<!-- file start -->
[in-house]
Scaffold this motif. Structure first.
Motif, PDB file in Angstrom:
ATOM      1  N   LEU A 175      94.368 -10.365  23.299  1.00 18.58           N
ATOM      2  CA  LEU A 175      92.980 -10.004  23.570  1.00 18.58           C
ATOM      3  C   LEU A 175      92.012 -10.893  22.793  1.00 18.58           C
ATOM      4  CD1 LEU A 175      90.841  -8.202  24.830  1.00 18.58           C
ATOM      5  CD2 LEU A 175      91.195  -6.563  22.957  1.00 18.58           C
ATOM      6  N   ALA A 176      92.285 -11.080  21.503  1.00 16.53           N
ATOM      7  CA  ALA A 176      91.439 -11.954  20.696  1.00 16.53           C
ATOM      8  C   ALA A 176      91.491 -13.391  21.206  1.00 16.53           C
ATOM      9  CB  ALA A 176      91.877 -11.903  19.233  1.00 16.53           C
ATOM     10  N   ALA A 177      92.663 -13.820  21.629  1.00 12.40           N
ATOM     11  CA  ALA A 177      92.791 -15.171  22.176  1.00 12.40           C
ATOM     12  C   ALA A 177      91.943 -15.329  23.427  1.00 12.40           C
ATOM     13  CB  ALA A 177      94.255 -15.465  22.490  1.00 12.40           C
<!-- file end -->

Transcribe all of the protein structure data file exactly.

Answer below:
[in-house]
Scaffold this motif. Structure first.
Motif, PDB file in Angstrom:
ATOM      1  N   LEU A 175      94.368 -10.365  23.299  1.00 18.58           N
ATOM      2  CA  LEU A 175      92.980 -10.004  23.570  1.00 18.58           C
ATOM      3  C   LEU A 175      92.012 -10.893  22.793  1.00 18.58           C
ATOM      4  CD1 LEU A 175      90.841  -8.202  24.830  1.00 18.58           C
ATOM      5  CD2 LEU A 175      91.195  -6.563  22.957  1.00 18.58           C
ATOM      6  N   ALA A 176      92.285 -11.080  21.503  1.00 16.53           N
ATOM      7  CA  ALA A 176      91.439 -11.954  20.696  1.00 16.53           C
ATOM      8  C   ALA A 176      91.491 -13.391  21.206  1.00 16.53           C
ATOM      9  CB  ALA A 176      91.877 -11.903  19.233  1.00 16.53           C
ATOM     10  N   ALA A 177      92.663 -13.820  21.629  1.00 12.40           N
ATOM     11  CA  ALA A 177      92.791 -15.171  22.176  1.00 12.40           C
ATOM     12  C   ALA A 177      91.943 -15.329  23.427  1.00 12.40           C
ATOM     13  CB  ALA A 177      94.255 -15.465  22.490  1.00 12.40           C